HomeDIY CraftThe Art of Ikebana | Centsational Style

The Art of Ikebana | Centsational Style

I am always intrigued when I see creative artistic expression in forms that are unfamiliar to me. Last week, I was browsing Pinterest and happened across a series of flower arrangements in the Japanese style of Ikebana.

Ikebana dates back centuries in Japan. This is the meditative art of arranging the stems into an asymmetrical floral sculpture. Density, line, color and flow are elements to consider when creating a harmonious Ikebana arrangement.

I find ikebana so beautiful because of its minimalist and sculptural aesthetic. I collected a bunch of botanicals and tried them this week, and I’m delighted with the results.

The kenzan is the key to the ikebana arrangement, a metal flower tool that is weighted and spiked and is available in a variety of sizes. The flower stalks sit on top of the spikes and are submerged in water inside the kenzan pot.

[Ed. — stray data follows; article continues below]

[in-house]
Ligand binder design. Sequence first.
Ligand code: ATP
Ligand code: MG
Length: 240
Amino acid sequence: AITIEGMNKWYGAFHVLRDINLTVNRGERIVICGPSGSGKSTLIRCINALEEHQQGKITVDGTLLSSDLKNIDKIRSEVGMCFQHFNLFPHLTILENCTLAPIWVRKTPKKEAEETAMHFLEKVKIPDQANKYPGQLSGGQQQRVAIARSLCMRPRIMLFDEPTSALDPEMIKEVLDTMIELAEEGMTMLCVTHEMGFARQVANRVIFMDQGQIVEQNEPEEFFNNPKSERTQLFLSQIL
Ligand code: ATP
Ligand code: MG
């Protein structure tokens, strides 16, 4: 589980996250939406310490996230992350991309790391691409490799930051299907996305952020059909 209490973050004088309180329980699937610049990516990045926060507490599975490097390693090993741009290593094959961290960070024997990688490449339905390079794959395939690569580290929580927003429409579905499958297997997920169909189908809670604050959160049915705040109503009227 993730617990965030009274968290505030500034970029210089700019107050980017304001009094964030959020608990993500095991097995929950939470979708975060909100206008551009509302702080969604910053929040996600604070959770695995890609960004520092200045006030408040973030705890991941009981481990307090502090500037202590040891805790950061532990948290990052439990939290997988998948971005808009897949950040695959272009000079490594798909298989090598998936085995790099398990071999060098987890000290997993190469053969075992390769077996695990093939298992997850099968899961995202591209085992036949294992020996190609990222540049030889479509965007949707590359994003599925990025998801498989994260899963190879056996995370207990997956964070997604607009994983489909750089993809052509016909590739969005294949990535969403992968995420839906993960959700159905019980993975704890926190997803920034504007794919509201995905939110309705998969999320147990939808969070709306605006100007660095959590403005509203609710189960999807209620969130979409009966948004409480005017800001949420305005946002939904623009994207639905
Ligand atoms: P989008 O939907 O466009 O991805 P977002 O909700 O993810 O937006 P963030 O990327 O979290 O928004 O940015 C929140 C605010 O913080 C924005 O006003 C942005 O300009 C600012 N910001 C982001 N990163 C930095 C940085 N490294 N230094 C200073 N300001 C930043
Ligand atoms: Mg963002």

i bought This is black Kenzan On Amazon, you can find them there, or online at various flower sources.

I rarely buy a mixed bouquet of flowers from the grocery store, but mixed bouquets are perfect for this type of arrangement. I bought my bouquet of seasonal fall colors at Trader Joe’s.

To create an ikebana arrangement you will need a variety of flowers and branches, a kenzan, a pot to sit on, and scissors to cut the stems.

I arranged the bouquets purchased from Trader Joes inside a ceramic pot glazed in matte black that I made in my pottery studio. I created this simple sculpture using fall foliage.

I’ve found that removing most of the leaves creates more negative space and allows permanent flower focus while moving the stems and branches. Not bad for my first attempt!

Below are a few more examples of Ikebana flower designs, note the use of color, movement and negative space in each.

Source unknown

Via Studio Cycle

Design by nature

connected products

aesme studio

Kate Osborne Photography

Paper thin moon

I said more this book In my collection, it guided me in creating my first arrangement and I will use it to create more as the seasons change.


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